Now I’m preparing to pay people. I still haven’t received the short code, so I’ve spent the last several days in contact with the bank and in contact with T-Mobile.  I just found out (T-Mobile owned up to it, at last) that I actually have to BE in Spain to receive the short code. I CAN NOT receive it in the US. So when I wasn’t receiving it when I was in Spain, that’s when T-Mobile should have been working on it. NOT when I got back to the US. I was there for 5 days after I phoned them from the bank.

So my trip to Valencia may have been for nothing, since I can’t validate my account, or any other bank transfers I might initiate – even if I could access online banking. I can’t pay for my apartment or anything else with the euros I have stored there. T-Mobile says they’re working on it. I’m not sure what that means. If I had known, I would have gotten a Spanish cell phone and Spanish # when I was there. It wouldn’t have been difficult.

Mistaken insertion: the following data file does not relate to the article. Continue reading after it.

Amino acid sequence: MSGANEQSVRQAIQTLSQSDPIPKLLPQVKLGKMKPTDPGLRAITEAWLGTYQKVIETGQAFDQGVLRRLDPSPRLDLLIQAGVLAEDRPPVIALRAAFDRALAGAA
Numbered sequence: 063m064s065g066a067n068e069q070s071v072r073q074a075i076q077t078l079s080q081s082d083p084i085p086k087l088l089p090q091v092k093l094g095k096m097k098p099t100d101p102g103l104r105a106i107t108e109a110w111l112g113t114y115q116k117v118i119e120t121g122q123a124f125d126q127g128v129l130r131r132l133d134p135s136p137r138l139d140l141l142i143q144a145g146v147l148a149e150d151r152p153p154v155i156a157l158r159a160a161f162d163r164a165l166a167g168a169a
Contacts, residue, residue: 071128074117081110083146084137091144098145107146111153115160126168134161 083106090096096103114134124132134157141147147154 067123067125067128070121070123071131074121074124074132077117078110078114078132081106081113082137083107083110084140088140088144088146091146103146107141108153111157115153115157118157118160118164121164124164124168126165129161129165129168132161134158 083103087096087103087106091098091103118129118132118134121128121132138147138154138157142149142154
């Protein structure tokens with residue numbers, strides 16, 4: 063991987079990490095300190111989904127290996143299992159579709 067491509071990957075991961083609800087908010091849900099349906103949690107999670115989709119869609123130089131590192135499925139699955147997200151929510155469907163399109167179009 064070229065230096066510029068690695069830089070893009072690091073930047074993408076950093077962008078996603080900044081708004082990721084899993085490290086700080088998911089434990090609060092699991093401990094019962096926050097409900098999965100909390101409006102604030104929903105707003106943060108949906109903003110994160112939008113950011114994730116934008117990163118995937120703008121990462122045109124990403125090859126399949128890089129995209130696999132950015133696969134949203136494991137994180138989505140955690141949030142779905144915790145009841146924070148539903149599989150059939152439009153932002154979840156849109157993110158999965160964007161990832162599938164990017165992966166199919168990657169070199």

I’m trying to remain positive, but this one has knocked me sideways. If I have to travel back to Valencia, it’s thousands of dollars, not to mention my time, for something I should not have to do – and through no fault of my own. Mobile phones have made life more connected and convenient for so many things. But that means that our mobile carriers hold a lot of cards in the new world. And they can cost us in unexpected ways that we can’t begin to anticipate.